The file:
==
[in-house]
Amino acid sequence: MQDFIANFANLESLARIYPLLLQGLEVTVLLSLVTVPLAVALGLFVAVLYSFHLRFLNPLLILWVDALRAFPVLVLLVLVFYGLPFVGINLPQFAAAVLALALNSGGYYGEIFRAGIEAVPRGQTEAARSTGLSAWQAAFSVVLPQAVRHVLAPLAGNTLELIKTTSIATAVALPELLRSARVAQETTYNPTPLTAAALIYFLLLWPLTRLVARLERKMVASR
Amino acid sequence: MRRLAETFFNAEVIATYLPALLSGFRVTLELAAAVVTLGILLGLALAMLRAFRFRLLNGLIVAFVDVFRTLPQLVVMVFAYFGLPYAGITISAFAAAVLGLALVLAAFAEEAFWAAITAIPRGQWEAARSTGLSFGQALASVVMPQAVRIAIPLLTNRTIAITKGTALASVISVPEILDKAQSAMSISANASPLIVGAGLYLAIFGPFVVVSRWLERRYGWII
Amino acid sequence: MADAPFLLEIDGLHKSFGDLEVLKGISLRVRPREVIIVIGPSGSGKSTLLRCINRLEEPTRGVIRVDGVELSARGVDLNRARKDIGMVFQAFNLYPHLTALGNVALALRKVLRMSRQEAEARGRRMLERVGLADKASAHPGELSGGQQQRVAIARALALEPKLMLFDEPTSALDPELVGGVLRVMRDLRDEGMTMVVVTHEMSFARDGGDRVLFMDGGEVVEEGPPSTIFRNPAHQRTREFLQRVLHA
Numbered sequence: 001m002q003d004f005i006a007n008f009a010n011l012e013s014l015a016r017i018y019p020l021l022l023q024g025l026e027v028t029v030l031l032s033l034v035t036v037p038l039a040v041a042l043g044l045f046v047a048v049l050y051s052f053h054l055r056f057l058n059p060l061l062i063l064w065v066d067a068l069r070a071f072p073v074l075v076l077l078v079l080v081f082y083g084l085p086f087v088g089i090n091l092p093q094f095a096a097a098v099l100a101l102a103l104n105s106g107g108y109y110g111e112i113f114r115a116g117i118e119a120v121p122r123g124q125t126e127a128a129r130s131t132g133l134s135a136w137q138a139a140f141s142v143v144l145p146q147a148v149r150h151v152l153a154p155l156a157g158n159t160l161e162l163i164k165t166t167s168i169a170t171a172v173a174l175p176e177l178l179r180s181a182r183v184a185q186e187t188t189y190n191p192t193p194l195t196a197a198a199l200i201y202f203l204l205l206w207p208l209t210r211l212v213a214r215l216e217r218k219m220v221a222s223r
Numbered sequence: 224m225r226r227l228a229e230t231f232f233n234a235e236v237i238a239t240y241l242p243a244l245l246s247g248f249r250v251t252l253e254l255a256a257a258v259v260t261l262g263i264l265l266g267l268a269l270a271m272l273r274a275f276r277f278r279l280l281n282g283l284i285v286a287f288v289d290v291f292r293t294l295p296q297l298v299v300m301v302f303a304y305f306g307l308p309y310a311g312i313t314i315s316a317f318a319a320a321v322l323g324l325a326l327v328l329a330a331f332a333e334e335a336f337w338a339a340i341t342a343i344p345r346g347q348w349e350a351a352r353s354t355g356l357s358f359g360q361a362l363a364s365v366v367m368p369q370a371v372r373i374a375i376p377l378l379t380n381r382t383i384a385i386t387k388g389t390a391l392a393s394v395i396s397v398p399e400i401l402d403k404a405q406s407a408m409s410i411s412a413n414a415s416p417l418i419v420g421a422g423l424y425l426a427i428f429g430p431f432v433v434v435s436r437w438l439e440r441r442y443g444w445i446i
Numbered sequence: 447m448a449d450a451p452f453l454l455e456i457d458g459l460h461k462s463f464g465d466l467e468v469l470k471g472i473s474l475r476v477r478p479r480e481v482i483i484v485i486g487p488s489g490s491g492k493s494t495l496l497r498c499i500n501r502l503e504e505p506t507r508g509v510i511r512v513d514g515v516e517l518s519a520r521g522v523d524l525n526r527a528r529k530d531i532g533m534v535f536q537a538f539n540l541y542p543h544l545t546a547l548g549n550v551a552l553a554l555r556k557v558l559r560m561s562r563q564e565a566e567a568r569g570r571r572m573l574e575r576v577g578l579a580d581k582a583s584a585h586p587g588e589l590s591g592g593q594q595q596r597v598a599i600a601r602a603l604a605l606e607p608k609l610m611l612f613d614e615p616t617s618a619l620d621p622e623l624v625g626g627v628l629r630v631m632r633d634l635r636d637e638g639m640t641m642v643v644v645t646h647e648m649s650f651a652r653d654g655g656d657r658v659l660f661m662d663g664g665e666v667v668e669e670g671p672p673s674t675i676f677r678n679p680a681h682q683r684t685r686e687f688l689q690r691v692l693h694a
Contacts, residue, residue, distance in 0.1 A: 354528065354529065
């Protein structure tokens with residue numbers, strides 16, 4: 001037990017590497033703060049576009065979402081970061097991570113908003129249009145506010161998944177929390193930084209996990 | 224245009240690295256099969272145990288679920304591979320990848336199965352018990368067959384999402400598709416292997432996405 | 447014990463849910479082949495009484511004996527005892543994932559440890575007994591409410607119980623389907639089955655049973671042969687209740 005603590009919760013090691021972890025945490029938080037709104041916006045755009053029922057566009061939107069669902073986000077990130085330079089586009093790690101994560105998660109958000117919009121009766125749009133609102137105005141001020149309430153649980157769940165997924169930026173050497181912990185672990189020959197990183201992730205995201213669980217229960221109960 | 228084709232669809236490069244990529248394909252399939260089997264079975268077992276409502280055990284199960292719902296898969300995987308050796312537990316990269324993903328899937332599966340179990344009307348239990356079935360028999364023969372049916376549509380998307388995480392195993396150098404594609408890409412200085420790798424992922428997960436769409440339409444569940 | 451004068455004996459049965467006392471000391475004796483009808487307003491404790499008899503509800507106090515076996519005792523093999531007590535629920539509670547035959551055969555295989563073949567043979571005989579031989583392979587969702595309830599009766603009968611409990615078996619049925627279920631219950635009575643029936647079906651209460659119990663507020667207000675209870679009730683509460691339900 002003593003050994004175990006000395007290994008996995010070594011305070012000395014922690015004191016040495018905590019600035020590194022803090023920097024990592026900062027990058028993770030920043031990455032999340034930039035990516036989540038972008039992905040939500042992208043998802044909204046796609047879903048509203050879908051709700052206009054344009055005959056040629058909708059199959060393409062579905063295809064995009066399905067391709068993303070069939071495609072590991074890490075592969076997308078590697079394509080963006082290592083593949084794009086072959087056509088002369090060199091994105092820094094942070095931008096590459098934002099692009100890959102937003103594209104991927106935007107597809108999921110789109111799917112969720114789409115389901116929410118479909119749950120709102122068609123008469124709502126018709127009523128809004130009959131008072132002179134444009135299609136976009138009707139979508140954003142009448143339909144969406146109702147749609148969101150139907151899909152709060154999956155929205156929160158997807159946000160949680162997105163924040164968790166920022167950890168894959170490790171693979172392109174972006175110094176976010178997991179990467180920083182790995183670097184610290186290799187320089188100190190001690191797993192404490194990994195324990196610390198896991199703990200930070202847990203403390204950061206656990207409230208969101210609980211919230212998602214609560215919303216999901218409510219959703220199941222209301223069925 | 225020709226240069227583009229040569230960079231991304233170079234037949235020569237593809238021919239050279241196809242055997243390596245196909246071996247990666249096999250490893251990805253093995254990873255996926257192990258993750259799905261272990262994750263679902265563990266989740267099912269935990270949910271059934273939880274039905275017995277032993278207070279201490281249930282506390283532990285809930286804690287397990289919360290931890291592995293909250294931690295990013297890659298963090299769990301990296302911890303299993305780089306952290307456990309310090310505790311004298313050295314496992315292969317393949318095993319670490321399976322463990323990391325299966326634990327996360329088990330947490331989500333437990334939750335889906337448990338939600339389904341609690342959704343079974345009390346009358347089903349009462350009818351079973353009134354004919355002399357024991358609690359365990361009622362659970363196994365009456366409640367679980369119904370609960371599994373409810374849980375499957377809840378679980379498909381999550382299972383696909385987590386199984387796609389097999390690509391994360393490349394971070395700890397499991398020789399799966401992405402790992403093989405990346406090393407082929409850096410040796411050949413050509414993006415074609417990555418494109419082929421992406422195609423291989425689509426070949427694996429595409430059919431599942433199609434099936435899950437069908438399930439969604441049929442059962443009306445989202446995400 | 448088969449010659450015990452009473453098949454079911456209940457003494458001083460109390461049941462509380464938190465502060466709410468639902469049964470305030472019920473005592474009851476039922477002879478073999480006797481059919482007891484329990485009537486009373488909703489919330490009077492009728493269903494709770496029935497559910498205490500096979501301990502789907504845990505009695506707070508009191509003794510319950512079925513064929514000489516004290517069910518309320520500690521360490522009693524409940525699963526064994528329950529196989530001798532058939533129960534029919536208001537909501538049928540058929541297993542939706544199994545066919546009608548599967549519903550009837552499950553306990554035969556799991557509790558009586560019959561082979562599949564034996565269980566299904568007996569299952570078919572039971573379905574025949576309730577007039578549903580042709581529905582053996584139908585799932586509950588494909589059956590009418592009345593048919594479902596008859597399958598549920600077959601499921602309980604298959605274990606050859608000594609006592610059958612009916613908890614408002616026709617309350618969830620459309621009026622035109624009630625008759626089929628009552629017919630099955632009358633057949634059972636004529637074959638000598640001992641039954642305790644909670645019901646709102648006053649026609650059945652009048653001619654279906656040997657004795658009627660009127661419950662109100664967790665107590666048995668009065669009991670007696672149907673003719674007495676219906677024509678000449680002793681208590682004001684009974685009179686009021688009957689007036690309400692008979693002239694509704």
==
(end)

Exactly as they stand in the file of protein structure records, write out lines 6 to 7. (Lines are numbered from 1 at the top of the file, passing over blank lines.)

Numbered sequence: 224m225r226r227l228a229e230t231f232f233n234a235e236v237i238a239t240y241l242p243a244l245l246s247g248f249r250v251t252l253e254l255a256a257a258v259v260t261l262g263i264l265l266g267l268a269l270a271m272l273r274a275f276r277f278r279l280l281n282g283l284i285v286a287f288v289d290v291f292r293t294l295p296q297l298v299v300m301v302f303a304y305f306g307l308p309y310a311g312i313t314i315s316a317f318a319a320a321v322l323g324l325a326l327v328l329a330a331f332a333e334e335a336f337w338a339a340i341t342a343i344p345r346g347q348w349e350a351a352r353s354t355g356l357s358f359g360q361a362l363a364s365v366v367m368p369q370a371v372r373i374a375i376p377l378l379t380n381r382t383i384a385i386t387k388g389t390a391l392a393s394v395i396s397v398p399e400i401l402d403k404a405q406s407a408m409s410i411s412a413n414a415s416p417l418i419v420g421a422g423l424y425l426a427i428f429g430p431f432v433v434v435s436r437w438l439e440r441r442y443g444w445i446i
Numbered sequence: 447m448a449d450a451p452f453l454l455e456i457d458g459l460h461k462s463f464g465d466l467e468v469l470k471g472i473s474l475r476v477r478p479r480e481v482i483i484v485i486g487p488s489g490s491g492k493s494t495l496l497r498c499i500n501r502l503e504e505p506t507r508g509v510i511r512v513d514g515v516e517l518s519a520r521g522v523d524l525n526r527a528r529k530d531i532g533m534v535f536q537a538f539n540l541y542p543h544l545t546a547l548g549n550v551a552l553a554l555r556k557v558l559r560m561s562r563q564e565a566e567a568r569g570r571r572m573l574e575r576v577g578l579a580d581k582a583s584a585h586p587g588e589l590s591g592g593q594q595q596r597v598a599i600a601r602a603l604a605l606e607p608k609l610m611l612f613d614e615p616t617s618a619l620d621p622e623l624v625g626g627v628l629r630v631m632r633d634l635r636d637e638g639m640t641m642v643v644v645t646h647e648m649s650f651a652r653d654g655g656d657r658v659l660f661m662d663g664g665e666v667v668e669e670g671p672p673s674t675i676f677r678n679p680a681h682q683r684t685r686e687f688l689q690r691v692l693h694a